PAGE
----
When it comes to the fastest-growing industries in the United States, legal marijuana is certainly in the discussion, if not at the top of the list. According to Marijuana Business Daily's latest report, "Marijuana Business Factbook 2017," U.S. legal weed sales are expected to increase 30% this year and 45% in 2018, and to quadruple between 2016 and 2021 to $17 billion. That type of growth is a big reason why marijuana stocks have doubled or tripled in value over the trailing year.
But it's not just sales growth that's been impressive -- it's the shift that underlies cannabis's expansion. An October-released Gallup poll showed that an all-time record 64% of respondents now want to see pot legalized nationally. This is up from just 25% in 1995, the year before California became the first state to legalize medical cannabis for compassionate-use patients. Even stronger favorability is seen with medical cannabis. A survey conducted by the independent Quinnipiac University this April showed that an overwhelming 94% support legalizing medical pot, compared to just 5% who oppose the idea.
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Sessions loathes the marijuana industry but has been kept at bay
But not everyone is on board with the expansion of cannabis in the United States. Attorney General Jeff Sessions just might be the most ardent opponent of marijuana in the country. Having previously said that "good people don't smoke marijuana," Sessions has argued on numerous occasions that marijuana use isn't a viable substitute for opioids and that pot use correlates with increased crime rates. He has also leaned on the fact that marijuana is still a schedule I drug at the federal level, meaning that it has no recognized medical benefits and is wholly illegal, just like heroin and LSD.
However, medical and recreational pot businesses have taken solace in the fact that both the Cole Memo and Rohrabacher-Farr Amendment have thus far protected their right to operate in the 29 states that have legalized medical cannabis and eight states that voted to green-light recreational weed.
The Cole Memo, named after former Deputy Attorney General James Cole, who served under Barack Obama, outlines a series of "rules" that states have to follow in order for the federal government to maintain a hands-off approach. These rules include ensuring that minors don't gain access to pot, that drivers under the influence of cannabis are dealt with harshly, and that cannabis grown within a state stays within that state.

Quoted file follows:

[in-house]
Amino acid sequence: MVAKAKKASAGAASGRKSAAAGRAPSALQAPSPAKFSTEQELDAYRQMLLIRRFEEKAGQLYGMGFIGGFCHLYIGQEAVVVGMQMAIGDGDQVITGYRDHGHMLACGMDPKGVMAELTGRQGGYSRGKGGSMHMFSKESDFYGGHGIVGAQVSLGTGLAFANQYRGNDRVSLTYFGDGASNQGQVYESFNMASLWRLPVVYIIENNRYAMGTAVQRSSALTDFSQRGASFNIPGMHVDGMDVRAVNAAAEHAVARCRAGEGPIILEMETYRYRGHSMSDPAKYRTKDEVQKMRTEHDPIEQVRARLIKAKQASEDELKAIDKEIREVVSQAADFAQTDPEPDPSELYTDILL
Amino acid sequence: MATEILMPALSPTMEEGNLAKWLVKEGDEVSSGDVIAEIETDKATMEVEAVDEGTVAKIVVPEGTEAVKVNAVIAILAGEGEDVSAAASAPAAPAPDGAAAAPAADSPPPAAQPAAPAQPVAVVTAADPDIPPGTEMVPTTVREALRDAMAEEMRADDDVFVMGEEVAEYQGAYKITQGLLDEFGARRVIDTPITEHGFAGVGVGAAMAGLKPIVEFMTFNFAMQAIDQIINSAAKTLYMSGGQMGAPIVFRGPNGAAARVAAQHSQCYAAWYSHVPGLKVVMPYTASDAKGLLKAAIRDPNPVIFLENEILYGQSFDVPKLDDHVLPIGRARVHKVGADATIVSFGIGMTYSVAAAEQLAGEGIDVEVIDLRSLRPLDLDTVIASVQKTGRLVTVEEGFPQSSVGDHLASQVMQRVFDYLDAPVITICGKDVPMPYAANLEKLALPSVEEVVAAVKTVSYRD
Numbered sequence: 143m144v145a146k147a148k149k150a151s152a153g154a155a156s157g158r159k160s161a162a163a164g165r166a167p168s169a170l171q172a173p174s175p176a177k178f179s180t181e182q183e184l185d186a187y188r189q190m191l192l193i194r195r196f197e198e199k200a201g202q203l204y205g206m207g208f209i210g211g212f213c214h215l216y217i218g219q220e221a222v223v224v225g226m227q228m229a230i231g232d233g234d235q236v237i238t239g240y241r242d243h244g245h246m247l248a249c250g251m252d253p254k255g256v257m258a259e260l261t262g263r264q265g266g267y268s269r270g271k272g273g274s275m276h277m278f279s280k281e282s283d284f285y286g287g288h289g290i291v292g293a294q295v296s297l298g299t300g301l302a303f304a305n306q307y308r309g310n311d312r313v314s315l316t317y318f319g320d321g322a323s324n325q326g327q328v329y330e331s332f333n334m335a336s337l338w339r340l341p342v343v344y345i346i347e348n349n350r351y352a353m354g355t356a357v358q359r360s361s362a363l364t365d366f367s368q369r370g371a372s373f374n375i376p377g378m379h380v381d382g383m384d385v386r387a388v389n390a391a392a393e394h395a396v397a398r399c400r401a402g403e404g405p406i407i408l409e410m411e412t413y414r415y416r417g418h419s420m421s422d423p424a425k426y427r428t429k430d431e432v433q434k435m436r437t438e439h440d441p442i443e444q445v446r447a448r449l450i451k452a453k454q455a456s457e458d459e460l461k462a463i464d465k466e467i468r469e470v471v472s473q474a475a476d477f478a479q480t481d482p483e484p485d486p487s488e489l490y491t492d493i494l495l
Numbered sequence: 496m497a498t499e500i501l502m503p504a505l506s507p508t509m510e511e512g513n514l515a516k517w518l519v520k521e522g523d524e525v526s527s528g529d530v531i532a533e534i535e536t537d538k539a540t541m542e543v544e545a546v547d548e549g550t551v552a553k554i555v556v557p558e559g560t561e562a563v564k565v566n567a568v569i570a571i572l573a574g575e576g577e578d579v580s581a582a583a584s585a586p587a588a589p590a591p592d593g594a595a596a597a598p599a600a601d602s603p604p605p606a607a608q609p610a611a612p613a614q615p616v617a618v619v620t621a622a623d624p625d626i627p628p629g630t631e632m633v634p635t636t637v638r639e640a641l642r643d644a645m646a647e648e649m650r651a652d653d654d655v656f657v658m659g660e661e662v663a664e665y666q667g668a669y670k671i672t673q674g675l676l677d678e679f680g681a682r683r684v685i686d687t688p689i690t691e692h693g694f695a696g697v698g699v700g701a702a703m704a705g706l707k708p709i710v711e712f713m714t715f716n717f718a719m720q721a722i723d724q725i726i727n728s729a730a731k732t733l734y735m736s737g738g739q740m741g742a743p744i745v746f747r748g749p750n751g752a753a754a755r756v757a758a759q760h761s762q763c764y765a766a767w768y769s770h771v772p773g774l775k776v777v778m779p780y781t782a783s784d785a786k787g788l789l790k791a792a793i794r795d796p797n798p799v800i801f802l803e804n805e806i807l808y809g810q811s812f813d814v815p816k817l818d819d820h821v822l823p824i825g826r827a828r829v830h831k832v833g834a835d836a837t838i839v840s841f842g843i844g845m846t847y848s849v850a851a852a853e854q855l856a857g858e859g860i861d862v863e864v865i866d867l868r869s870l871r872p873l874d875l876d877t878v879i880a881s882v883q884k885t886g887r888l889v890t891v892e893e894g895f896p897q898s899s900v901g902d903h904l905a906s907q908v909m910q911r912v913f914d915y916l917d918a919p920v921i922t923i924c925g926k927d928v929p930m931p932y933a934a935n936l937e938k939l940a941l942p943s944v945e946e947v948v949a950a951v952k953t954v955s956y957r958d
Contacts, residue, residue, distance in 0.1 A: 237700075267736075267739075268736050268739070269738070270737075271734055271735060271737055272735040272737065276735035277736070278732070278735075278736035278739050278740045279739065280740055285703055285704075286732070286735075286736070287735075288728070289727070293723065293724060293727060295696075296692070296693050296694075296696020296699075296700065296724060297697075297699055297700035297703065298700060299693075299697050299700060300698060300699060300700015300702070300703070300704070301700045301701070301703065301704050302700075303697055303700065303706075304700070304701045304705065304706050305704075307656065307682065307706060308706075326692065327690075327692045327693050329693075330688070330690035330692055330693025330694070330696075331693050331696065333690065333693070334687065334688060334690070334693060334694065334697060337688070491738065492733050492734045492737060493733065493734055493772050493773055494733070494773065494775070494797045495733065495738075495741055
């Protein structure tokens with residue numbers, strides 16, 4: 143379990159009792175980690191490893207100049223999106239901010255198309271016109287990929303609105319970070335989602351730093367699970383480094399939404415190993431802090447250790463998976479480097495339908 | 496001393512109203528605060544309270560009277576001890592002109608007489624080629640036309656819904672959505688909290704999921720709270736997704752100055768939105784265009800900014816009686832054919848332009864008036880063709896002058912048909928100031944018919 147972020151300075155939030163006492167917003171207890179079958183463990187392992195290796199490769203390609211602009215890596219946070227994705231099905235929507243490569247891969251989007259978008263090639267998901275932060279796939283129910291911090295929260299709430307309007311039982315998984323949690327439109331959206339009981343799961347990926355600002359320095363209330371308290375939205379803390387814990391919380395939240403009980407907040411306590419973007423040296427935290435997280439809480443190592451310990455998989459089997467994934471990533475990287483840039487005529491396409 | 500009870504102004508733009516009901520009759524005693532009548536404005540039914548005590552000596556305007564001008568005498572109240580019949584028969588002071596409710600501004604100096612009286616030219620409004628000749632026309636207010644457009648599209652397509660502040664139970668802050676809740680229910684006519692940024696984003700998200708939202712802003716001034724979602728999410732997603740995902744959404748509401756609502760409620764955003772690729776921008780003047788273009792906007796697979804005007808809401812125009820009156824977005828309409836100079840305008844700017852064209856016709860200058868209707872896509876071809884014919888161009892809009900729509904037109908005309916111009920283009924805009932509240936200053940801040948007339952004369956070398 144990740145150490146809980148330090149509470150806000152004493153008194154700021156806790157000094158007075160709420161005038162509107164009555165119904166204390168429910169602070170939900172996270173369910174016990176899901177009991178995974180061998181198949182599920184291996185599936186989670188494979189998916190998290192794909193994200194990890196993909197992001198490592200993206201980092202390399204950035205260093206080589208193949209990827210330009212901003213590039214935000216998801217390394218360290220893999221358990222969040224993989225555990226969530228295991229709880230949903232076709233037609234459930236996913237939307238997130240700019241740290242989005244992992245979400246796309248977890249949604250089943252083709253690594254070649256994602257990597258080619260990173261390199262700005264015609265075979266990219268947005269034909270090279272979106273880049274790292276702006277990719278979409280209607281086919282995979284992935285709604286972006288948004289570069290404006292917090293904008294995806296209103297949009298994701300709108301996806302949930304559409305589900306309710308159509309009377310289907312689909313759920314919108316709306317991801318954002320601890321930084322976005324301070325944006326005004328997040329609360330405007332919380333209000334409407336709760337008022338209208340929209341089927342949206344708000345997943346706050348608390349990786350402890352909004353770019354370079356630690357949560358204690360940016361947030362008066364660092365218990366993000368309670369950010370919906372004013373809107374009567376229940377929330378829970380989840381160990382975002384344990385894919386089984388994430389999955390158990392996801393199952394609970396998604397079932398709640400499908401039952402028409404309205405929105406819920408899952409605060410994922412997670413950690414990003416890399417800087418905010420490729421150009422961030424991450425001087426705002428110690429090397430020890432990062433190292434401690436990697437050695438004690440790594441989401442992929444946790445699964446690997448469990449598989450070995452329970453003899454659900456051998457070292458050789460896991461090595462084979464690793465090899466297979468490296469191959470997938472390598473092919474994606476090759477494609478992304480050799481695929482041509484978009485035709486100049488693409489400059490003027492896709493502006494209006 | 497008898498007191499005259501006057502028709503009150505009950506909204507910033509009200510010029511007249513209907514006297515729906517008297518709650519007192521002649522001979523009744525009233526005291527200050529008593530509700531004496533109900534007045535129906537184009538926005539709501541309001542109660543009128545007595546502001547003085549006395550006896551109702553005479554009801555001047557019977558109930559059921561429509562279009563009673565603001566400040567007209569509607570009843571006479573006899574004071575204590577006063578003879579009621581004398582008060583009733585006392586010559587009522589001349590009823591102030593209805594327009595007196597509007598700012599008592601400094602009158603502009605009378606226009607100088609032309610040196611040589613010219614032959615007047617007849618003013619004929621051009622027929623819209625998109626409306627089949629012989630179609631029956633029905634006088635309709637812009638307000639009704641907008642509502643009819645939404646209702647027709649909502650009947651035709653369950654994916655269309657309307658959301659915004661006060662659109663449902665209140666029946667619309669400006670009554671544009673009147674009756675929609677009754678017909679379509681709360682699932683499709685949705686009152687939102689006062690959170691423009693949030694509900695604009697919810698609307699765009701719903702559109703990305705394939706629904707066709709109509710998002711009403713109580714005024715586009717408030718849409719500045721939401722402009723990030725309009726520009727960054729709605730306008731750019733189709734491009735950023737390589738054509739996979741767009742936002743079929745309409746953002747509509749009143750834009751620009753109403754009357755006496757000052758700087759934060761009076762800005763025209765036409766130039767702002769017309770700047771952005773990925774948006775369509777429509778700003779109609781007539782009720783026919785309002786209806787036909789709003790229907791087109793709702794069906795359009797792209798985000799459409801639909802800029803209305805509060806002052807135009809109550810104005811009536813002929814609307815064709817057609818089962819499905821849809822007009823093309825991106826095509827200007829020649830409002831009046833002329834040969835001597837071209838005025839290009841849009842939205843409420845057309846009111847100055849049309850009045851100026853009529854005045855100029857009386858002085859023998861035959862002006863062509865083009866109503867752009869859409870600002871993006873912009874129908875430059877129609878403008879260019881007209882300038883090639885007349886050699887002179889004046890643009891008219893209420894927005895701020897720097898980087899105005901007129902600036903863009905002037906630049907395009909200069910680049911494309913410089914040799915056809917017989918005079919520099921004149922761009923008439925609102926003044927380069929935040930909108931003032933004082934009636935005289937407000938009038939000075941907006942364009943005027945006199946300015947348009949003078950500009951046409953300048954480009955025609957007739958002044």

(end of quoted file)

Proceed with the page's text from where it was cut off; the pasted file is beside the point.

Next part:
Meanwhile, the Rohrabacher-Farr Amendment, which was introduced in 2014 and has been included in every budget proposal since, disallows the Justice Department from using federal funds to prosecute marijuana businesses operating in the aforementioned 29 states.
But these protections may soon disappear, allowing Sessions to officially declare war on the U.S. pot industry.
Is this the end of the green rush in the U.S.?
In September, Congress narrowly avoided a government shutdown by lifting the debt ceiling and passing a budget extension through Dec. 8, 2017. However, talks to formulate a new budget, or at least another extension, haven't gone well in recent weeks. In just six days, the deadline could be hit without a new budget, leading to a government shutdown.
But there's even more at stake for the marijuana industry.
Back in September, the House Rules Committee blocked a vote on the Rohrabacher-Blumenauer Amendment (this is the same as the Rohrabacher-Farr Amendment), which would provide protections for pot businesses against federal prosecution. Keeping this amendment out of the House GOP's budget proposal is bad news, but it's certainly not the end of the world for the industry. As long as the Senate includes the amendment in its budget proposal, the pot industry would still be protected. Yet, as noted, the Senate and House, as well as Democrats and Republicans, aren't seeing eye to eye. If Dec. 8 passes without a deal, or if the Senate introduces a budget proposal that also excludes the Rohrabacher-Blumenauer Amendment, Sessions would be free to wage war on the marijuana industry and begin prosecuting companies. In other words, he could use federal dollars to go after marijuana businesses.
Furthermore, Sessions recently announced that the Justice Department would halt the practice of guidance memos and is reviewing the Obama administration's guidance memos, including the Cole Memo, to see if the administration overstepped its bounds.
While it's tough to tell exactly how Sessions would approach reinstituting federal law, the assumption is that he would first tackle the largest offenders (i.e., the largest marijuana grow farms). This would suggest that smaller grow farms and dispensaries would possibly be off the radar for some time, but it would be a crushing defeat for big business and investors who've taken a chance on marijuana stocks.
In other words, let the nail-biting begin for U.S.-based pot companies and marijuana-stock investors.
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